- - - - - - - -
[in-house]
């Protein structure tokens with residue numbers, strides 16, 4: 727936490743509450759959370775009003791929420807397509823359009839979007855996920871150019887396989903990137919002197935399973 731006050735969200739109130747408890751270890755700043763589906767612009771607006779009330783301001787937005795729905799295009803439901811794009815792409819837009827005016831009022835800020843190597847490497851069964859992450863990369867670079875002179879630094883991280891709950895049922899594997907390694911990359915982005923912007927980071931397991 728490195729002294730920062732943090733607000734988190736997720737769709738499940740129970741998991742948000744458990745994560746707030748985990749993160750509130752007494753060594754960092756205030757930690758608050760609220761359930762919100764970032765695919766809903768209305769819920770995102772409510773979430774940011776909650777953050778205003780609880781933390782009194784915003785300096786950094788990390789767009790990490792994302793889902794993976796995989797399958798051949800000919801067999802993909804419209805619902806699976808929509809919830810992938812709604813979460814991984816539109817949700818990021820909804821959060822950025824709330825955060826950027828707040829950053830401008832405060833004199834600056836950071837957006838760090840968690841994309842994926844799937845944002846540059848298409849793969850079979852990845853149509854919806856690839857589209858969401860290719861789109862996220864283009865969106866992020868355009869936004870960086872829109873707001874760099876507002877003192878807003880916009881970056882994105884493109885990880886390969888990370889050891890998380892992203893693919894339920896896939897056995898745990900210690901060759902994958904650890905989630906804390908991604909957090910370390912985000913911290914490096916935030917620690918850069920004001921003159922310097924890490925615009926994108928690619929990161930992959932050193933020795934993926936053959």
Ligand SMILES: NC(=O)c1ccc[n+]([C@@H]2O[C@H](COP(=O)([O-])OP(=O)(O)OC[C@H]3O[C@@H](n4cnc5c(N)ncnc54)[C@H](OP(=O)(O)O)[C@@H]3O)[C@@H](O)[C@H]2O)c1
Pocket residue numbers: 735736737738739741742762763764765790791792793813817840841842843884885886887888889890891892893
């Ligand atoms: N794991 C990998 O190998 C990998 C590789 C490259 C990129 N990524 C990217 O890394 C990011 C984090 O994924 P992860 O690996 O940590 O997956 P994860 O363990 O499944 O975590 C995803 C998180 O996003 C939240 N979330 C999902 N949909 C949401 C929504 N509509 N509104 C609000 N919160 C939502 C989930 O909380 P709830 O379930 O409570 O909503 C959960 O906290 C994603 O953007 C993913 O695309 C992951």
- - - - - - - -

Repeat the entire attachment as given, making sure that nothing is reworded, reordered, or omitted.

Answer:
[in-house]
């Protein structure tokens with residue numbers, strides 16, 4: 727936490743509450759959370775009003791929420807397509823359009839979007855996920871150019887396989903990137919002197935399973 731006050735969200739109130747408890751270890755700043763589906767612009771607006779009330783301001787937005795729905799295009803439901811794009815792409819837009827005016831009022835800020843190597847490497851069964859992450863990369867670079875002179879630094883991280891709950895049922899594997907390694911990359915982005923912007927980071931397991 728490195729002294730920062732943090733607000734988190736997720737769709738499940740129970741998991742948000744458990745994560746707030748985990749993160750509130752007494753060594754960092756205030757930690758608050760609220761359930762919100764970032765695919766809903768209305769819920770995102772409510773979430774940011776909650777953050778205003780609880781933390782009194784915003785300096786950094788990390789767009790990490792994302793889902794993976796995989797399958798051949800000919801067999802993909804419209805619902806699976808929509809919830810992938812709604813979460814991984816539109817949700818990021820909804821959060822950025824709330825955060826950027828707040829950053830401008832405060833004199834600056836950071837957006838760090840968690841994309842994926844799937845944002846540059848298409849793969850079979852990845853149509854919806856690839857589209858969401860290719861789109862996220864283009865969106866992020868355009869936004870960086872829109873707001874760099876507002877003192878807003880916009881970056882994105884493109885990880886390969888990370889050891890998380892992203893693919894339920896896939897056995898745990900210690901060759902994958904650890905989630906804390908991604909957090910370390912985000913911290914490096916935030917620690918850069920004001921003159922310097924890490925615009926994108928690619929990161930992959932050193933020795934993926936053959």
Ligand SMILES: NC(=O)c1ccc[n+]([C@@H]2O[C@H](COP(=O)([O-])OP(=O)(O)OC[C@H]3O[C@@H](n4cnc5c(N)ncnc54)[C@H](OP(=O)(O)O)[C@@H]3O)[C@@H](O)[C@H]2O)c1
Pocket residue numbers: 735736737738739741742762763764765790791792793813817840841842843884885886887888889890891892893
């Ligand atoms: N794991 C990998 O190998 C990998 C590789 C490259 C990129 N990524 C990217 O890394 C990011 C984090 O994924 P992860 O690996 O940590 O997956 P994860 O363990 O499944 O975590 C995803 C998180 O996003 C939240 N979330 C999902 N949909 C949401 C929504 N509509 N509104 C609000 N919160 C939502 C989930 O909380 P709830 O379930 O409570 O909503 C959960 O906290 C994603 O953007 C993913 O695309 C992951």